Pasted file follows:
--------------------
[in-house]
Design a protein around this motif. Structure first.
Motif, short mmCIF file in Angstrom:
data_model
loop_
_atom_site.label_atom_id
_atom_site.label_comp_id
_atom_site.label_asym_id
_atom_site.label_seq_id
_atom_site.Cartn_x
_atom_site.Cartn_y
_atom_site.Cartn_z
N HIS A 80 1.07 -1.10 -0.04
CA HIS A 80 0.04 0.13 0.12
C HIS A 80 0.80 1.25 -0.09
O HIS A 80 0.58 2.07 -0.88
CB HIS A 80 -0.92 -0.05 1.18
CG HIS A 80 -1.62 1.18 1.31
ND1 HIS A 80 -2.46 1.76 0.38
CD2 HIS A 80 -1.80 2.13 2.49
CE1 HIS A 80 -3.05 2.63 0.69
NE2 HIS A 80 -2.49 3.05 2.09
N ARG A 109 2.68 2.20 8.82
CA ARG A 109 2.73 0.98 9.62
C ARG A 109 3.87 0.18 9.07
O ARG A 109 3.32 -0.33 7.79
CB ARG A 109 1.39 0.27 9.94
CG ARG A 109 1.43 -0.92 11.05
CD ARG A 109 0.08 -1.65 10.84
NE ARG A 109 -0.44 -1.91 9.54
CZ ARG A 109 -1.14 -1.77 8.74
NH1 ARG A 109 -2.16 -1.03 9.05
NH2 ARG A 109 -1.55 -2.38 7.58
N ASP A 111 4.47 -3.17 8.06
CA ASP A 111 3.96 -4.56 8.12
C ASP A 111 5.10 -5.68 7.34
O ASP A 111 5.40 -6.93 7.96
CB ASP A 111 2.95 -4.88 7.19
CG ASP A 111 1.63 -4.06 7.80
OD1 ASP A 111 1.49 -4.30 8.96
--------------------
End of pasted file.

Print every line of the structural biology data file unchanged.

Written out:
[in-house]
Design a protein around this motif. Structure first.
Motif, short mmCIF file in Angstrom:
data_model
loop_
_atom_site.label_atom_id
_atom_site.label_comp_id
_atom_site.label_asym_id
_atom_site.label_seq_id
_atom_site.Cartn_x
_atom_site.Cartn_y
_atom_site.Cartn_z
N HIS A 80 1.07 -1.10 -0.04
CA HIS A 80 0.04 0.13 0.12
C HIS A 80 0.80 1.25 -0.09
O HIS A 80 0.58 2.07 -0.88
CB HIS A 80 -0.92 -0.05 1.18
CG HIS A 80 -1.62 1.18 1.31
ND1 HIS A 80 -2.46 1.76 0.38
CD2 HIS A 80 -1.80 2.13 2.49
CE1 HIS A 80 -3.05 2.63 0.69
NE2 HIS A 80 -2.49 3.05 2.09
N ARG A 109 2.68 2.20 8.82
CA ARG A 109 2.73 0.98 9.62
C ARG A 109 3.87 0.18 9.07
O ARG A 109 3.32 -0.33 7.79
CB ARG A 109 1.39 0.27 9.94
CG ARG A 109 1.43 -0.92 11.05
CD ARG A 109 0.08 -1.65 10.84
NE ARG A 109 -0.44 -1.91 9.54
CZ ARG A 109 -1.14 -1.77 8.74
NH1 ARG A 109 -2.16 -1.03 9.05
NH2 ARG A 109 -1.55 -2.38 7.58
N ASP A 111 4.47 -3.17 8.06
CA ASP A 111 3.96 -4.56 8.12
C ASP A 111 5.10 -5.68 7.34
O ASP A 111 5.40 -6.93 7.96
CB ASP A 111 2.95 -4.88 7.19
CG ASP A 111 1.63 -4.06 7.80
OD1 ASP A 111 1.49 -4.30 8.96